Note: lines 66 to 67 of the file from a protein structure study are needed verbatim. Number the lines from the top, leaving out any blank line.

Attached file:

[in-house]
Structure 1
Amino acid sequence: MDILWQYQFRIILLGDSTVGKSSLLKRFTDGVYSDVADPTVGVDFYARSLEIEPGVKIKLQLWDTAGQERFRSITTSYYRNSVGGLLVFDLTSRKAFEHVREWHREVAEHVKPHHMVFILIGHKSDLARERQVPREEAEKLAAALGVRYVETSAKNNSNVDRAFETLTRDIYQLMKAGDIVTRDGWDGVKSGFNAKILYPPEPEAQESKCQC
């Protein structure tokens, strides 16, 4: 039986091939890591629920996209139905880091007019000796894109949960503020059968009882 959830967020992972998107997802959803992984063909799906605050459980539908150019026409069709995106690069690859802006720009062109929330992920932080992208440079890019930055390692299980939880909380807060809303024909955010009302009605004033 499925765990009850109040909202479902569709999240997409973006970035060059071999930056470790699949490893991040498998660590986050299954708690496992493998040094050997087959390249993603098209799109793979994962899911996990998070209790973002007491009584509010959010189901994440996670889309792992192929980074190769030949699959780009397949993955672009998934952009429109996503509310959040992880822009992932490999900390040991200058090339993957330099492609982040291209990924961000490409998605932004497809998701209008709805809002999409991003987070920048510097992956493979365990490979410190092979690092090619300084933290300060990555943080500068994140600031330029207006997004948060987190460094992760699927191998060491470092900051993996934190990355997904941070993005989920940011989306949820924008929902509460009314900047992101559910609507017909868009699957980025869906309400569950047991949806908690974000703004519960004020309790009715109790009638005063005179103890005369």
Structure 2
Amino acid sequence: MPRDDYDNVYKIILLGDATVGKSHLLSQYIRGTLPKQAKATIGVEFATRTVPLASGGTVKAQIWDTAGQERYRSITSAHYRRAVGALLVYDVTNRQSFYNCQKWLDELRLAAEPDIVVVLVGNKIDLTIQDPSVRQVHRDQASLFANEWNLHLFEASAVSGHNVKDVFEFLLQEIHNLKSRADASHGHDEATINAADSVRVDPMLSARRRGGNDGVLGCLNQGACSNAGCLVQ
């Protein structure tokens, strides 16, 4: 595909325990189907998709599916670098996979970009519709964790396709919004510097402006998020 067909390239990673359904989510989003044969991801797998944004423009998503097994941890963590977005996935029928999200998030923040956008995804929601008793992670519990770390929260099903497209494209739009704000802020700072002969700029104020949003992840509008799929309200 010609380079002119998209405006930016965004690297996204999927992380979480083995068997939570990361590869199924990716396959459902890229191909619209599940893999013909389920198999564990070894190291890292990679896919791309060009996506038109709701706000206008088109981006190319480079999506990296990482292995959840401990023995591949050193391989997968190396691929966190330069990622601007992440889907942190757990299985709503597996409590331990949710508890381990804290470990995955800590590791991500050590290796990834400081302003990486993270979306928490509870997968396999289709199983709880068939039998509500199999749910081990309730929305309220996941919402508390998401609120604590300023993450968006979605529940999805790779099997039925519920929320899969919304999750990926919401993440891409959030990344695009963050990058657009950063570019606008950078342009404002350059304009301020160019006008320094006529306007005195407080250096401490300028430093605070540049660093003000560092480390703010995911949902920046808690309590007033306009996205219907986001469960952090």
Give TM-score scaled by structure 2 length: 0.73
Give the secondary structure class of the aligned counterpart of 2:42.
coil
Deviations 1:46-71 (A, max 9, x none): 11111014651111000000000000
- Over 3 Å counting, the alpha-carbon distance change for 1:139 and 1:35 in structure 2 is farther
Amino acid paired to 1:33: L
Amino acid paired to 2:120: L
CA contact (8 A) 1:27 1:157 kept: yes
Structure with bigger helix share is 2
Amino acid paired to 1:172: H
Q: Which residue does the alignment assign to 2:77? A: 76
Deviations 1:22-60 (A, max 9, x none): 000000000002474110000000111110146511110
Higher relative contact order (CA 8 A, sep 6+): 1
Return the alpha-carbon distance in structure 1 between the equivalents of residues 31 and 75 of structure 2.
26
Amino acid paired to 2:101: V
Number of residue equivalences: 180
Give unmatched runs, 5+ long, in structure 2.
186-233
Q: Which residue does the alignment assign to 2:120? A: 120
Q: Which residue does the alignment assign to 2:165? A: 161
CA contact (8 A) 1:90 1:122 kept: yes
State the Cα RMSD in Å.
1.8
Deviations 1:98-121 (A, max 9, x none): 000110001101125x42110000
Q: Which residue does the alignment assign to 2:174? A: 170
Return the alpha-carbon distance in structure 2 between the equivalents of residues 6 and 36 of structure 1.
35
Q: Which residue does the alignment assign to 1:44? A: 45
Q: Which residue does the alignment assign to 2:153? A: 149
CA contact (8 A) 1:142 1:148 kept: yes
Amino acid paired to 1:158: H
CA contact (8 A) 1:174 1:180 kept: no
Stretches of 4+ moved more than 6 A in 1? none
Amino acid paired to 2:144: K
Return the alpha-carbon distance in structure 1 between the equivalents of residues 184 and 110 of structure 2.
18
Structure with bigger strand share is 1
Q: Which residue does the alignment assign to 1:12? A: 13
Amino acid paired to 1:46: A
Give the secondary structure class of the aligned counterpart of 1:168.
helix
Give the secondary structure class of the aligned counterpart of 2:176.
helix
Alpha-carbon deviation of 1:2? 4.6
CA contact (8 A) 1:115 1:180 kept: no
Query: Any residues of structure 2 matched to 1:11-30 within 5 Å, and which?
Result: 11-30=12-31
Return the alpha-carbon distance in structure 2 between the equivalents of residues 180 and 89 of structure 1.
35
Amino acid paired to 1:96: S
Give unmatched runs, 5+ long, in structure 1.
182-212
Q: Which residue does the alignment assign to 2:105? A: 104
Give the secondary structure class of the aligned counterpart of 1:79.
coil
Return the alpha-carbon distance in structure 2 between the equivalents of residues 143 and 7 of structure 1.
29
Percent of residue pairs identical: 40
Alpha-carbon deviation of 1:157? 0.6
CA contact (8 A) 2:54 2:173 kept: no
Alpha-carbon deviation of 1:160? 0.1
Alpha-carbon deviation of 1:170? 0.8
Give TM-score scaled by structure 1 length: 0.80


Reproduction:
Percent of residue pairs identical: 40
Alpha-carbon deviation of 1:157? 0.6